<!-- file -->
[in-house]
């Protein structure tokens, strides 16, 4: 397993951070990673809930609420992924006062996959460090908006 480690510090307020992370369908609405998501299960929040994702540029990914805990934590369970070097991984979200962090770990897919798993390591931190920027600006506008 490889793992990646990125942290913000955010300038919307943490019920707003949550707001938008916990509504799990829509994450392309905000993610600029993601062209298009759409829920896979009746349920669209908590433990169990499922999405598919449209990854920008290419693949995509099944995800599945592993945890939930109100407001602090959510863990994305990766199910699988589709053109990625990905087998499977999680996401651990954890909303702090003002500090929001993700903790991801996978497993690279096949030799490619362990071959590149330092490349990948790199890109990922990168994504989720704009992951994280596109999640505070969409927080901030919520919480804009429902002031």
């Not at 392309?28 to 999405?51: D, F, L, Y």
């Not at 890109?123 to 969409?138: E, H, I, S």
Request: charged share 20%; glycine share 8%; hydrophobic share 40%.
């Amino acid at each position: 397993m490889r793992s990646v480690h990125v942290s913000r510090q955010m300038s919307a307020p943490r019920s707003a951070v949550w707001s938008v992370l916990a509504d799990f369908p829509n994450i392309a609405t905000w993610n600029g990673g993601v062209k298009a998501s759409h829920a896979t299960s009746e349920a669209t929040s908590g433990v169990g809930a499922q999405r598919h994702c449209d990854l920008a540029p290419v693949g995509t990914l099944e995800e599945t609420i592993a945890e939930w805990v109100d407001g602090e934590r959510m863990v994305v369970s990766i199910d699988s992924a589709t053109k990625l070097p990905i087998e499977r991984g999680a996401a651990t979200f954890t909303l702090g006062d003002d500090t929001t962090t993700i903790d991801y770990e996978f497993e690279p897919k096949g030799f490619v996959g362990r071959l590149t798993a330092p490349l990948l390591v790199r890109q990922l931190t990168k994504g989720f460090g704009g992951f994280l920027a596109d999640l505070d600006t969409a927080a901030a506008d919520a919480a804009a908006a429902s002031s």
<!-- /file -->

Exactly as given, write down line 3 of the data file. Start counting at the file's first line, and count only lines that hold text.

């Not at 392309?28 to 999405?51: D, F, L, Y």